Commentary: 'Superfruits' don't have superpowers

Just like fashion, foods have trends, especially when it comes to the promotion of good health.

This is strange because we usually think of food being just food, nothing too special. However, our society has recently been on a health watch, and foods high in antioxidants, vitamins, proteins and phytochemicals (also known as "superfoods") have been all the rage to the U.S. population. This is especially prevalent as the New Year commences; many people make resolutions to get on a health kick.

One type of food that has the "super" seal is exotic fruit. According to the January 2013 issue of Time, odd-looking fruits with unheard-of names are the hottest food this year. For example, the pitaya fruit from Latin America was featured because it is high in fiber and antioxidants, helping reduce the risk of cancer and heart disease.

Other emerging fruits include golden berry, baobab fruit and mangosteen. These fruits contain all sorts of nutritional benefits that somehow supernaturally transform our bodies. Although we all would like to believe in this supernatural transformation, it is not the case. "Superfruits" and "superfoods" are misleading to the public because they may not be as healthy as they seem.

A reason these fruits may not be as healthy is simply too much hype. The term "superfruit" is just used to label these natural products. According to Tufts University nutrition professor Jeffrey Blumberg, marketers, not the FDA, established the label "superfruit." Also, most of these exotic fruits are imported from other countries, which means they are expensive and high quality, and when people usually hear this, they automatically think it is worth consuming. On the contrary, marketers of these fruits use labels to make a profit.

Also, "superfruits" contain little to no additional health benefits compared with commonly eaten fruits. Blumberg stated that marketers trick the public into thinking these foods provide additional health benefits, such as more fiber, vitamins and antioxidants, which is not entirely true. Research has shown that these exotic fruits are just as healthy and contain the same nutrients as the everyday apple or banana.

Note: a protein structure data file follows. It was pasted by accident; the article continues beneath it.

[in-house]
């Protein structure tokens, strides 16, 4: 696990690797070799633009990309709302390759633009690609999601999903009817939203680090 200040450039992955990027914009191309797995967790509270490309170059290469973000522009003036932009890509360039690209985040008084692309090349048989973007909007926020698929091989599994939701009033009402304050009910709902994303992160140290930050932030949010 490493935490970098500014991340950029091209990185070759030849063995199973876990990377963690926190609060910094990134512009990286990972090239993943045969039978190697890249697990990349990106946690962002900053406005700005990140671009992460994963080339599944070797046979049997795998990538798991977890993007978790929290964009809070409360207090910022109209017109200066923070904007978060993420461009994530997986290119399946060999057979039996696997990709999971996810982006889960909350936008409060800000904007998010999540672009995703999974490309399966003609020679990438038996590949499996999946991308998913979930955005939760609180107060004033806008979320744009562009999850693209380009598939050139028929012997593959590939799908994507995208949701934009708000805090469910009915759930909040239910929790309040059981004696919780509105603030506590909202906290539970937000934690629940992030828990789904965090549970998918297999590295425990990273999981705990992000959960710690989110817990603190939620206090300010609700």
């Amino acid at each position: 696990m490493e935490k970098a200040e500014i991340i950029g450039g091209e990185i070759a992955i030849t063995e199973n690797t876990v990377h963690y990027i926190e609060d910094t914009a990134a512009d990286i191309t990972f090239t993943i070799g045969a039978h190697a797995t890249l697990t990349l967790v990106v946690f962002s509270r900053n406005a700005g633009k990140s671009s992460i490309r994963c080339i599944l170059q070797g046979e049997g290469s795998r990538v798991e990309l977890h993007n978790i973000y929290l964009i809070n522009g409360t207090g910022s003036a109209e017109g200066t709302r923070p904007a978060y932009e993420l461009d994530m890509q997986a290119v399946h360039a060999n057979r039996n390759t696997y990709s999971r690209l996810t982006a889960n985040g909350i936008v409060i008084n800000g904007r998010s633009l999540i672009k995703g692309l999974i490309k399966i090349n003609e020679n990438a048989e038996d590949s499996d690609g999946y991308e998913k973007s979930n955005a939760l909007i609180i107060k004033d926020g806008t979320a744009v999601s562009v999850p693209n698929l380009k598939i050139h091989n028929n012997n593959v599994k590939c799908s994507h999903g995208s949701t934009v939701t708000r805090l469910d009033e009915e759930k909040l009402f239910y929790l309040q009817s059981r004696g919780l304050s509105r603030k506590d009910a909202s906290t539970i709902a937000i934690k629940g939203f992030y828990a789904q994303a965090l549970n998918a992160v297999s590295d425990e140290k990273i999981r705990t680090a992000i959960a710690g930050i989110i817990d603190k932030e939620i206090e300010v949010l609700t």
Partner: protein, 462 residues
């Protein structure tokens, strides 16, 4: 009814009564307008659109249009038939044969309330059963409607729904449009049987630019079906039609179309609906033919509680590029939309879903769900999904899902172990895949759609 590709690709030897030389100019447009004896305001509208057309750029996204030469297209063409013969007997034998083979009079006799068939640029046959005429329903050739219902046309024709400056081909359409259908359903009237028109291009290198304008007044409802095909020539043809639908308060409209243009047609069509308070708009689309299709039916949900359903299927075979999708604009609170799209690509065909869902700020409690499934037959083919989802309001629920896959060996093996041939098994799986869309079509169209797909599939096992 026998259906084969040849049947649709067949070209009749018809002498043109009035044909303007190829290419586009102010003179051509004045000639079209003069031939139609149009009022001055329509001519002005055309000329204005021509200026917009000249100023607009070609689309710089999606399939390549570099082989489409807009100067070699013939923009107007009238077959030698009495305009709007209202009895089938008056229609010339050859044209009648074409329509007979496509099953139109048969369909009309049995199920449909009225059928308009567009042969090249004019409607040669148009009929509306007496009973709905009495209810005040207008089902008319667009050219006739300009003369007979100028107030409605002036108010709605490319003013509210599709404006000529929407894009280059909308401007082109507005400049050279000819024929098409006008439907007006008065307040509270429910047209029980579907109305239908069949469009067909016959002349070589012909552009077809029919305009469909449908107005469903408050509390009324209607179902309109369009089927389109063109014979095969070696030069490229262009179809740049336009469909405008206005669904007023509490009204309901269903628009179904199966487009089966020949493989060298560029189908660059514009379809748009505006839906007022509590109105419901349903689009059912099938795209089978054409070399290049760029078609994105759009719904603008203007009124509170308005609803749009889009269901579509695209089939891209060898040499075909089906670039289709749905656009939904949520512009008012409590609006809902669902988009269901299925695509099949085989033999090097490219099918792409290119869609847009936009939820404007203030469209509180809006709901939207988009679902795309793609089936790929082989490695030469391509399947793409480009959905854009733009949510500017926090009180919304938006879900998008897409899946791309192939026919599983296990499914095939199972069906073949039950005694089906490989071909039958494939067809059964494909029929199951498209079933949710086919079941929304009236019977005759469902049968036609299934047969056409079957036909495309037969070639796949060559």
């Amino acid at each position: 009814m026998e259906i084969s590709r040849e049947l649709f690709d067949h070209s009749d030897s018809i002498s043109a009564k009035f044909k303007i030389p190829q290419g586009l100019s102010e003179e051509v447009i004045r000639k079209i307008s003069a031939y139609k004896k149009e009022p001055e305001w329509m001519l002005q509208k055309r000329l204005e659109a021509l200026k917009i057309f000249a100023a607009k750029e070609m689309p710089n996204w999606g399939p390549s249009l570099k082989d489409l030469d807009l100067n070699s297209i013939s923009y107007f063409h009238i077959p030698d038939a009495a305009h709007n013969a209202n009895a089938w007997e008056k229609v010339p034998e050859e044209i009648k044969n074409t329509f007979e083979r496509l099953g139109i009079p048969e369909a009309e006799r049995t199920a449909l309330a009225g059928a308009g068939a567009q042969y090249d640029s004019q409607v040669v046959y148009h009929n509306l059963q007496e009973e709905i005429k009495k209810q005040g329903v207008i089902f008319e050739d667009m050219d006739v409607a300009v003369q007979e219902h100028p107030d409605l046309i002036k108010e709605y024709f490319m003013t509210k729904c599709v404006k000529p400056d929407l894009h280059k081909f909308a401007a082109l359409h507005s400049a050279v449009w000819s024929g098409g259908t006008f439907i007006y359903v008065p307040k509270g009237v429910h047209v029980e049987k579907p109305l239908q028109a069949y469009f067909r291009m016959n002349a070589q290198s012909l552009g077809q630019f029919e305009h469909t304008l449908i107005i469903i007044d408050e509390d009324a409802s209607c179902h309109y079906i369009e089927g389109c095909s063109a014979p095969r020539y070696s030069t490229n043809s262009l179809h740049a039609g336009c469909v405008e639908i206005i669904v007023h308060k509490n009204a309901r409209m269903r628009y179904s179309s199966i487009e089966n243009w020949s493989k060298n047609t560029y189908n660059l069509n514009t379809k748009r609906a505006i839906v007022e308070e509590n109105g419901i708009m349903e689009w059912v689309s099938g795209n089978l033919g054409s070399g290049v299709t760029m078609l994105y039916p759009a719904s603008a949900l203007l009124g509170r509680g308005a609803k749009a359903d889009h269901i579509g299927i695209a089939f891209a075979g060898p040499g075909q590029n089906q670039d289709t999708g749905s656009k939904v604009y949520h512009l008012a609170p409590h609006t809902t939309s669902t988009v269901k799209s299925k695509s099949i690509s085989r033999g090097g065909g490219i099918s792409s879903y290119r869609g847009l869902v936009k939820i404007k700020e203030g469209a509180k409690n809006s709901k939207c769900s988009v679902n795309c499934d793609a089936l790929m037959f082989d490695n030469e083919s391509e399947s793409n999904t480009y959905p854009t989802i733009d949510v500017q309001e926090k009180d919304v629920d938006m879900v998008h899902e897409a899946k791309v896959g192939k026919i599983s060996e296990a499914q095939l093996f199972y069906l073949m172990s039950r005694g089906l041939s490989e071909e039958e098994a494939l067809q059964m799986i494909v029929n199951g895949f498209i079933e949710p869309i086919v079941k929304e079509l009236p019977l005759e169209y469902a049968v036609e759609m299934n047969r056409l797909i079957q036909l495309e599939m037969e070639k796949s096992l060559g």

Some "superfruits" may have additional benefits to specific areas in the body. For instance, lingonberry contains a photochemical called arbutin to fight urinary-tract infections. This is helpful, but it won't hurt sticking to pomegranates or cranberries, both of which help this problem and are easier to purchase.

Furthermore, just eating "superfruits" is not going to give you all the nutrition you need. Our society today is so wrapped up around the idea of quick-and-easy results and all-in-one products that it's no wonder many people are willing to buy "superfruits," thinking they will get everything eating one kind of food. Contrary to what most of the public thinks, "superfruits" are not the only component in keeping healthy; exercise, variety in diet, and other factors also contribute to the wellbeing of our bodies. We need balance.

Lastly, the entire "superfruit" frenzy is just another trend in today's culture. This is seen with celebrities and their current diet strategies, including exotic fruit. One example of a trending "superfruit" was the acai berry around 2009. This fruit and its products used by celebrities, such as Oprah Winfrey and Rachel Ray, are known for helping weight loss and providing the largest amount of antioxidants.

However, David Schardt of the Center for Science in Public Interest supports that this is probably not true. Acai berry has been exceedingly popular because the public sees this Amazonian fruit as more appealing than the strawberries we see everyday. These trends blind the public from thinking about what they are actually eating and how it will affect their bodies.

The way I see it, our society is so focused on trends and products to stay fit and healthy. We often go after quick fixes like "superfruits" to essentially provide what our bodies need but we shouldn't go about life in this way. Instead, we should have balance and variety with our food. So, why not think of every fruit we eat as a powerhouse of certain nutrients rather than thinking one is better than the other?

TERISHA GAMBOA is a graduating senior in the public health policy program at UC Irvine.

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